Stand-up Palace

Posted by Jim Daly

Gary Hooper goal Norwich PalaceGettyImagesGary Hooper opened the scoring for Norwich against Crystal Palace.

When I'm not watching Palace struggling in the Premier League or writing these columns I spend some of my spare time doing stand-up comedy. And something new Eagles boss Tony Pulis said before his first game, a 0-1 defeat at Norwich on Saturday, made me realise that watching Palace this season is a bit like doing stand-up

Pulis said words to the effect of "whether we win or lose today we will move onto the next game". It's the same with gigging. Some nights you have a great evening, the crowd is on your side and everything you say comes off as you'd hope. But you are only 24 hours away from the next gig where things could go very differently. You could easily die spectacularly. I guess it's about consistency; having decent gigs night after night. And for Palace it's the same, if they can get to the stage where they are consistently picking up draws peppered with a few wins and putting in solid performances week in week out they will have an excellent chance of staying up.

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But whereas I have years to try and finally get to Live At The Apollo, Palace have just five months to try and sort out their performances into some sort of consistency. They are, though, starting to look more like a polished act rather than the disjointed open mic performer they were at the start of the season, scaring people in the corner of a pub in North London. The last few weeks have seen the team playing with more organisation and discipline under caretaker Keith Millen and then at Norwich on Saturday there was an added urgency thanks to the arrival of new boss Tony Pulis.

There is still work to be done, of course. Norwich's opener owed more to some confused Palace defenders completely losing their men in the build-up than real quality. Dean Moxey was actually forced off the pitch by a simple give and go from Nathan Redmond -- who gave the Eagles left-back the run around all afternoon -- whereas Danny Gabbidon looked like a senile old man who'd forgotten why he went to the supermarket in the first place when Wes Hoolahan squared to Gary Hooper for a tap in.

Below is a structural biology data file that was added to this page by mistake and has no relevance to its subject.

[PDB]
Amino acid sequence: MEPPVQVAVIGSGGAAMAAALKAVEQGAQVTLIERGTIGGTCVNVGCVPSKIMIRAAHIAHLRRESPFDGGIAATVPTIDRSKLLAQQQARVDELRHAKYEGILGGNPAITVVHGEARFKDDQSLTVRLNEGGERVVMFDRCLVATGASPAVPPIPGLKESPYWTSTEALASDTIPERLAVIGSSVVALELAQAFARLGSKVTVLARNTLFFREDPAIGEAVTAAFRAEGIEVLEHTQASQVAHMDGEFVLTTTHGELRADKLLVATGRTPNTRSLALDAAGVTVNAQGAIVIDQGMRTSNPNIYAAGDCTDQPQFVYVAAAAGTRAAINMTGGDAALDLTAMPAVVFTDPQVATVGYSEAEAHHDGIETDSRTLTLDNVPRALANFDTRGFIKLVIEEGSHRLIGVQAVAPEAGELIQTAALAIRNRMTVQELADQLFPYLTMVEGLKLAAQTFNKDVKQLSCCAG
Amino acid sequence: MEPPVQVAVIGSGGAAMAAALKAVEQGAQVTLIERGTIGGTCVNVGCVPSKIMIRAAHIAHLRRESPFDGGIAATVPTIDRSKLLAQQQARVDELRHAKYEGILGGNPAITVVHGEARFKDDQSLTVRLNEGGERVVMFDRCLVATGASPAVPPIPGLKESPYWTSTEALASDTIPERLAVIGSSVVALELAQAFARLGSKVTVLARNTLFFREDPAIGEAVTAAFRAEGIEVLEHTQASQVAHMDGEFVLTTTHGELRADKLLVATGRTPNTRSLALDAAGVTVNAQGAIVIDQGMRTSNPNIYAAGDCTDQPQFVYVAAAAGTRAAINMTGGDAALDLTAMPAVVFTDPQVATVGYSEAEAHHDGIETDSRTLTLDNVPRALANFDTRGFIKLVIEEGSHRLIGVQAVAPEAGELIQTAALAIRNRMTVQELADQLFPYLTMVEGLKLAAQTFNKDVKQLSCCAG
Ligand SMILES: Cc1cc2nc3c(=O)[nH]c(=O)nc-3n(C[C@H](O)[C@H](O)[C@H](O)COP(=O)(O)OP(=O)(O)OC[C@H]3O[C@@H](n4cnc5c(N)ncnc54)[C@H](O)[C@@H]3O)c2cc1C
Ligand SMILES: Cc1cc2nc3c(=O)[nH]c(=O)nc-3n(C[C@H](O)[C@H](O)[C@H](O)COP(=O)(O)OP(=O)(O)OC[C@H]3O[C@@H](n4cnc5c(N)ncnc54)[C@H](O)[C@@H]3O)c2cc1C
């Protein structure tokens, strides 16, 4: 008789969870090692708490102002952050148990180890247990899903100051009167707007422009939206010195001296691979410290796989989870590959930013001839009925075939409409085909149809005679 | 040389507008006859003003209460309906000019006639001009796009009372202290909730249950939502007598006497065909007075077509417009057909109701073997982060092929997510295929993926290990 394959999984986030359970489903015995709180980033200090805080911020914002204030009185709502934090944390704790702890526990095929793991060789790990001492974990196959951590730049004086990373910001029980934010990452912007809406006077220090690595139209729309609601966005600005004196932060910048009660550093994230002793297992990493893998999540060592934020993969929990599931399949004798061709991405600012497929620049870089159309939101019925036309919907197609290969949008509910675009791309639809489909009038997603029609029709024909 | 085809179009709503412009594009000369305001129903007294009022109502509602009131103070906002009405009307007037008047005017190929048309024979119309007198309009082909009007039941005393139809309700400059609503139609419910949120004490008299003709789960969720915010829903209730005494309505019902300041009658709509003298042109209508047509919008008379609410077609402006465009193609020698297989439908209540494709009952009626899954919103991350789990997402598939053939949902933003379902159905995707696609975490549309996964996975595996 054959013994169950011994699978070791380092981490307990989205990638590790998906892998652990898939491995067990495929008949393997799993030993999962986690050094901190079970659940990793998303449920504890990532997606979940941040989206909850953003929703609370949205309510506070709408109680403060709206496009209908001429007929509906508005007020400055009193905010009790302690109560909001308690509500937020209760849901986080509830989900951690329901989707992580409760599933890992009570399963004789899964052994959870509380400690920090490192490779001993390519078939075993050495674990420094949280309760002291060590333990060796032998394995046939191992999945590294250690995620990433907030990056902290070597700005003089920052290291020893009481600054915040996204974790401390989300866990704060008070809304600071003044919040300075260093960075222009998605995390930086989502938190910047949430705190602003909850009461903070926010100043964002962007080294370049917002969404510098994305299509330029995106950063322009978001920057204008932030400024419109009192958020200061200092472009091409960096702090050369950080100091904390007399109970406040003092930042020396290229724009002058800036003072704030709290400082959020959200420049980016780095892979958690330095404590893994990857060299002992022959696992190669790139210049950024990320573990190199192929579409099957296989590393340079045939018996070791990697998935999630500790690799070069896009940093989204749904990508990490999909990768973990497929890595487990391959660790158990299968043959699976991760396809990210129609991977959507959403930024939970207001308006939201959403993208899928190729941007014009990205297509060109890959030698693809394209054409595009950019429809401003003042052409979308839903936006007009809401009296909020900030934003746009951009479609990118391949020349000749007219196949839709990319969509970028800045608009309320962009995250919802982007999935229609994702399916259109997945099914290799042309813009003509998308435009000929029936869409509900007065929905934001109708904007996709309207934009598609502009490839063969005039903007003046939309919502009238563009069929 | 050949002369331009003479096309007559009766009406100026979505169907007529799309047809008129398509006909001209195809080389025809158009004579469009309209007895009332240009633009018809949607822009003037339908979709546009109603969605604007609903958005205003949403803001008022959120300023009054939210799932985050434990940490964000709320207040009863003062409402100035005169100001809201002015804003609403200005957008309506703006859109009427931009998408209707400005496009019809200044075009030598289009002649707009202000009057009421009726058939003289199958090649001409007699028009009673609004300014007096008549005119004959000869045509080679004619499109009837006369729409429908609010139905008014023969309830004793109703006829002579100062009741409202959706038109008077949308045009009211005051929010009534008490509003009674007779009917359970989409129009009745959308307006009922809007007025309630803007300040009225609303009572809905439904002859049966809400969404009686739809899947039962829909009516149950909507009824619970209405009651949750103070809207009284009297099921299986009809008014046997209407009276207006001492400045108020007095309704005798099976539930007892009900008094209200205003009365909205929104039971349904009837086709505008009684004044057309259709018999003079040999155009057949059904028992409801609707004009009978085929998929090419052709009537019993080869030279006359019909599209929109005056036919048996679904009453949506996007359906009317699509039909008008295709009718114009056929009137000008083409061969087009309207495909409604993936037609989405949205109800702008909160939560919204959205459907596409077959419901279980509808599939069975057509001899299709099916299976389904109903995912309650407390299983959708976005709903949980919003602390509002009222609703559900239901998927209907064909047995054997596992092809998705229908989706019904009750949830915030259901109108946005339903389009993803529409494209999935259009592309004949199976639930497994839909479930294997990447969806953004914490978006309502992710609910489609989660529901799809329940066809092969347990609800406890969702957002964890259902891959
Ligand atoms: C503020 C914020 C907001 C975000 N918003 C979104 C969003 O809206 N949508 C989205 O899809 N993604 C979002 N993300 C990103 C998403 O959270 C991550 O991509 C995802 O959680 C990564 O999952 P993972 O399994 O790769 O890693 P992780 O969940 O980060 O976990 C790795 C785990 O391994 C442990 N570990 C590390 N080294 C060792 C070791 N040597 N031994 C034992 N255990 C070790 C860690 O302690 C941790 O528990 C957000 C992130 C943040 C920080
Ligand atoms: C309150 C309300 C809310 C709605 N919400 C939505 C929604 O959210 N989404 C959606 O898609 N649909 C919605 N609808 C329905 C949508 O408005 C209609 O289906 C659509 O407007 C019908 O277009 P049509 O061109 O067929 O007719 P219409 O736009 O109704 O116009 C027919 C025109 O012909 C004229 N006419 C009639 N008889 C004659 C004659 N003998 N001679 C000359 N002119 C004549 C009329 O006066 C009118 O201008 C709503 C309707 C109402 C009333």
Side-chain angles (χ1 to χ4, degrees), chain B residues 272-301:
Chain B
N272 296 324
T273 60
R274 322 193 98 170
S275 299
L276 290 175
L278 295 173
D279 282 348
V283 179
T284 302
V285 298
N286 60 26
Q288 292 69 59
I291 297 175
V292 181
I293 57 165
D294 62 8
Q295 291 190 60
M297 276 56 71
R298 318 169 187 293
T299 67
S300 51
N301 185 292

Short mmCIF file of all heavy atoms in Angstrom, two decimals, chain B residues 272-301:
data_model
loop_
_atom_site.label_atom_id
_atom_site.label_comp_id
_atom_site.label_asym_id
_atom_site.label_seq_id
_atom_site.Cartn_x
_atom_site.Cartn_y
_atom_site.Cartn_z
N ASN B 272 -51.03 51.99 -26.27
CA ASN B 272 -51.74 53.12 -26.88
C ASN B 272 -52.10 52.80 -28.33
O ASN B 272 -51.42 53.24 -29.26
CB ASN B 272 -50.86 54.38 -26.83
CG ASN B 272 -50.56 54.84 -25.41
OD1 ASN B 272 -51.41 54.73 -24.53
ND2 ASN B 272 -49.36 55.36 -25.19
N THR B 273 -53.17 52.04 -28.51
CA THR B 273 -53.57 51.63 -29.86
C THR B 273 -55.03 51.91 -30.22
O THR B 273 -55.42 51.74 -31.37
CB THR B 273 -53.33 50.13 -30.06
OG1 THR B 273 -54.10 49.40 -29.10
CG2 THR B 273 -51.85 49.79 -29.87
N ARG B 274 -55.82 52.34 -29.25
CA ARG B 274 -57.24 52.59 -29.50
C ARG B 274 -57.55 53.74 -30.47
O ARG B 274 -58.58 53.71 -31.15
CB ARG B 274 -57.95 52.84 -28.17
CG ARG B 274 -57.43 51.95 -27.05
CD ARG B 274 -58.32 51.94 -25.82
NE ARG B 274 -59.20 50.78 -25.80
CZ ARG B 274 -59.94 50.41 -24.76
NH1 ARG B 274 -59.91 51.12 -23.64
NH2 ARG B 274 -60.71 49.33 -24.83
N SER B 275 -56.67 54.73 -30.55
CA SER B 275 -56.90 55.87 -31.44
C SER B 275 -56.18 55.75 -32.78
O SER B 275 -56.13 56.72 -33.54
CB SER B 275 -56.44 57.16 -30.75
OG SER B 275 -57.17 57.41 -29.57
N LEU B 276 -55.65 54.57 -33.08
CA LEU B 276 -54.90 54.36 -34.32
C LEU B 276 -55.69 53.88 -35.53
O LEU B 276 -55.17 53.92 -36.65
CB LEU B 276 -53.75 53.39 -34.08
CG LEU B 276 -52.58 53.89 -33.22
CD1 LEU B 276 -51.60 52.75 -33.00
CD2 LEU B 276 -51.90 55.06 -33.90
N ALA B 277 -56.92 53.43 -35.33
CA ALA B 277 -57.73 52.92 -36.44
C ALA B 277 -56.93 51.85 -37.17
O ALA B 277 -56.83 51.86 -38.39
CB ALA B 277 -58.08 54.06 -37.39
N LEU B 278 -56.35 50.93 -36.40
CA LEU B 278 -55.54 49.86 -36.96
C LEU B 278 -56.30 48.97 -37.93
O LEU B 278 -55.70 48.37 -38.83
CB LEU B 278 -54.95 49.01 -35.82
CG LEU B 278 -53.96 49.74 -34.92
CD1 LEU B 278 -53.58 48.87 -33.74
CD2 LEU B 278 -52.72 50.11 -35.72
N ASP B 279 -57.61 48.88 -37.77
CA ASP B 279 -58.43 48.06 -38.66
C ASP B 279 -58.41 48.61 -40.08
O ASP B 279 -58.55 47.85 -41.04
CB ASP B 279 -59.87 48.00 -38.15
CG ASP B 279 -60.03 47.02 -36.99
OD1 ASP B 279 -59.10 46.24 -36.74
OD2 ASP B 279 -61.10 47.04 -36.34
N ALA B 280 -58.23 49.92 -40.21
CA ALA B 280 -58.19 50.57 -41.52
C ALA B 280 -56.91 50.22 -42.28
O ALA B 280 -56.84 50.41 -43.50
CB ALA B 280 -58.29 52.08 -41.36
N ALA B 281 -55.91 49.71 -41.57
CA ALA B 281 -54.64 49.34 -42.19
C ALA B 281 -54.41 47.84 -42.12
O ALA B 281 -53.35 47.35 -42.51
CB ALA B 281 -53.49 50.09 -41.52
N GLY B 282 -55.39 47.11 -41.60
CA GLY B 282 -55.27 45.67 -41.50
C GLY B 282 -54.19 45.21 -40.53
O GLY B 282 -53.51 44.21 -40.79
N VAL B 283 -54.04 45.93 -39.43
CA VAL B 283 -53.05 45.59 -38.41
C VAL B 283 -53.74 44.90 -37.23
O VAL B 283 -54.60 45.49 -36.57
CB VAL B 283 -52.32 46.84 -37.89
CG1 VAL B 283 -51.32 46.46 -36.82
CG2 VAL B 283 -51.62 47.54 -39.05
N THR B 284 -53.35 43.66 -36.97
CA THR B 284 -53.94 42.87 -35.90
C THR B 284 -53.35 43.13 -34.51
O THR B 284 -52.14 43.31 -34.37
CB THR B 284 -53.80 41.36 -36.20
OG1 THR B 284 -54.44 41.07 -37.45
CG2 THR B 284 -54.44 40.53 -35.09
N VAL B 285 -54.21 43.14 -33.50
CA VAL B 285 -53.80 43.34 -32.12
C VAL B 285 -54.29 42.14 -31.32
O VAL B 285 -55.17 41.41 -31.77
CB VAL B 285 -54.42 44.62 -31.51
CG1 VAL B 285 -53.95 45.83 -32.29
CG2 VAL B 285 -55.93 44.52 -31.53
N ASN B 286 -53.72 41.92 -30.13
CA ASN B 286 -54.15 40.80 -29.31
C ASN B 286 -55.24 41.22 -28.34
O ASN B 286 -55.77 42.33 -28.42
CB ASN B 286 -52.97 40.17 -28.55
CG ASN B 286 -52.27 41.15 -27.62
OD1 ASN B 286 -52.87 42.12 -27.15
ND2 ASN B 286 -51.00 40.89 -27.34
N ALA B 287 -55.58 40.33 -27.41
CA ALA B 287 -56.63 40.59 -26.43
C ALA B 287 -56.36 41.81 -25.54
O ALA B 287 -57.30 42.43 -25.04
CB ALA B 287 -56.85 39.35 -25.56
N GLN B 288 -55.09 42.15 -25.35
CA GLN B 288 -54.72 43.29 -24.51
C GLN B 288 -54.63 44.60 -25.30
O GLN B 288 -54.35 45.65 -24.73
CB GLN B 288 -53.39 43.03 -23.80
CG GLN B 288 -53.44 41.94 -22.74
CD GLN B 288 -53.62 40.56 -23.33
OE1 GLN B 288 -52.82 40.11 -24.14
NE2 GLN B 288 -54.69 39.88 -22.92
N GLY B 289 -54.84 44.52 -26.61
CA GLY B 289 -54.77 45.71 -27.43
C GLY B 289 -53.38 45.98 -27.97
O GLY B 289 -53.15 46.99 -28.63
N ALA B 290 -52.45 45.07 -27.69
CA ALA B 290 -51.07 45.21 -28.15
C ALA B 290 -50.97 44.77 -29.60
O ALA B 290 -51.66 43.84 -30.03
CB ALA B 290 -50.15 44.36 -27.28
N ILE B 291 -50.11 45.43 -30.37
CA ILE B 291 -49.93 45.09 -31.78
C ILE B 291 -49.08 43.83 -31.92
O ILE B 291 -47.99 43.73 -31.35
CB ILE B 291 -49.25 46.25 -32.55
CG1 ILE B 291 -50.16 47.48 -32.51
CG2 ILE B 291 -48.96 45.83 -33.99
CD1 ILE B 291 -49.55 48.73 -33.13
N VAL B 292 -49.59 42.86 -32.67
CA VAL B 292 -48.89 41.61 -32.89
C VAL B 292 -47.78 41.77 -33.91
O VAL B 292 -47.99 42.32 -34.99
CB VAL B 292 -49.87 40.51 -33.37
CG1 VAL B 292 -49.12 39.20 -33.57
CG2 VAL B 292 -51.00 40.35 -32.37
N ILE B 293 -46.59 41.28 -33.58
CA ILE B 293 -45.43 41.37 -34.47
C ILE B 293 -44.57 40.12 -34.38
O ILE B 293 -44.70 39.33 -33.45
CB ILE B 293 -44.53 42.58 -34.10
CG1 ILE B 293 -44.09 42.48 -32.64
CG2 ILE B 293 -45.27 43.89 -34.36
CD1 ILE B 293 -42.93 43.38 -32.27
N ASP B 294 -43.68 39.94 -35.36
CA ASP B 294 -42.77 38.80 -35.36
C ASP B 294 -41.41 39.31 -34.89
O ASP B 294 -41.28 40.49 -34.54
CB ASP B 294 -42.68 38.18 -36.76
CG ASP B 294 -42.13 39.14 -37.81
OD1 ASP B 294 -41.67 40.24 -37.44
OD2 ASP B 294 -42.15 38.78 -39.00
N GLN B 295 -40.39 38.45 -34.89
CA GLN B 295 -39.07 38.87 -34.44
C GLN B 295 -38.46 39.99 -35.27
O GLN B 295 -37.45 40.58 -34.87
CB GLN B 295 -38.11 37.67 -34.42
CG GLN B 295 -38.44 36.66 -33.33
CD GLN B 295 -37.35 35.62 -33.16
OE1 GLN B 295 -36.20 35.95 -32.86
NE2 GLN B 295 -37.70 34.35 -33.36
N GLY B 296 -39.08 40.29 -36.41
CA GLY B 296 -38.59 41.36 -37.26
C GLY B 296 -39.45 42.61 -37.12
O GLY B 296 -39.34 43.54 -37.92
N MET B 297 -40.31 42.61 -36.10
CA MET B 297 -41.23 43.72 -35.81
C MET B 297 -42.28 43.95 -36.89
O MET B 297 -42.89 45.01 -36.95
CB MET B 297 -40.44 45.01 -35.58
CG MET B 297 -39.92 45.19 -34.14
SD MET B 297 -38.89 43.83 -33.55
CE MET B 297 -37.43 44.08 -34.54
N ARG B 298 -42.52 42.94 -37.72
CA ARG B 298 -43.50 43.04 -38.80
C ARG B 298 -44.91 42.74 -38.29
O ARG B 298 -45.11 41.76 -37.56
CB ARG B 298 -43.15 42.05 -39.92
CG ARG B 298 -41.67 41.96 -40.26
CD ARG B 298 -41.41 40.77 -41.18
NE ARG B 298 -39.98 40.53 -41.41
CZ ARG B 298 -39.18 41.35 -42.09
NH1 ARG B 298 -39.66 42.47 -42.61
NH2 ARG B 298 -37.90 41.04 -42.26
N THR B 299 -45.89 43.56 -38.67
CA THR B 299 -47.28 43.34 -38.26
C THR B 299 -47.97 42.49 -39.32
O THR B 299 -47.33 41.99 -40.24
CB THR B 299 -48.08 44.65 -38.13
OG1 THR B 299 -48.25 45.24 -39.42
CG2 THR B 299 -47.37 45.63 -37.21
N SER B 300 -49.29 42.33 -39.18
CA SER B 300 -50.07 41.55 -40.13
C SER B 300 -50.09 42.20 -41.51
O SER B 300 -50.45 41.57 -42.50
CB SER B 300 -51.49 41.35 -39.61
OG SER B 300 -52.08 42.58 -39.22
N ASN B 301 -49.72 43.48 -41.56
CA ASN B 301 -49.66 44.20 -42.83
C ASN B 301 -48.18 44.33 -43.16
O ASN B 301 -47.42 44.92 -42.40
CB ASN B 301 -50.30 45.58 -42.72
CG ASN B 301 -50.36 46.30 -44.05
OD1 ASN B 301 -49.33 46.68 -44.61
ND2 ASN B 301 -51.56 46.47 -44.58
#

I've lauded the efforts of the Palace defence before and the undeniable heart shown by those players, but I do wonder how many times they can make simple, Sunday League errors like this and still be playing. I have a feeling that come the January transfer window there might be some new faces in the Eagles back line.

But there were plenty of positives to take from the defeat. (Which I know does sound like a stupid thing to say but it's how fans of teams like Palace keep themselves going. And stand-up comedians too I guess. Didn't smash the gig? Well at least they seemed to like that new joke. And someone bought you a beer. Not all bad!) Palace played with much, much more confidence at Carrow Road.

Despite going behind on the half hour mark, the Eagles ploughed forward in search on an equaliser. And even when the home side had the majority of possession the Palace players worked hard to try to get it back. Those may sound like simple things, but all too often teams that have come up from the Championship play with fear -- Palace certainly are not right now. Playing without much quality yes, but without fear? Certainly not.

They are, though, also missing that little bit of luck you sometimes need to help scrape points. Last season Palace were more than fortunate to win some games, this campaign it just isn't happening -- as is often the case when you are down the bottom of the league. Barry Bannan's effort just after Norwich had taken the lead would have bulged the net any other week but somehow Martin Olsson managed to head it onto his own bar and out. I do think your luck does even out over the course of the season -- and Palace have already had a fair share of it (Fulham's two spectacular goals, Kagisho Dikgacoi's sending off at Old Trafford) but I just worry by the time that luck does even out, it will be too late to save Palace from relegation.

That lack of quality still haunts the team though. I praised Cameron Jerome last week against Hull and he was great again at Norwich -- linking up well with Marouane Chamakh and hassling defenders all day long -- but when handed with a chance to equalise for Palace in the dying minutes he scuffed a shot in the six yard box. The Eagles need runners like Jerome but they also need strikers who can finish the smallest of half chances.

But as performances go it was fairly solid. If it was a stand-up comedy gig the crowd would have been fairly happy but probably hoping for another act to then come along and be much more impressive. It was a decent warm up act, if you will. Hopefully a warm up act for what will end up being a much more entertaining five months under Tony Pulis for the rest of the campaign.

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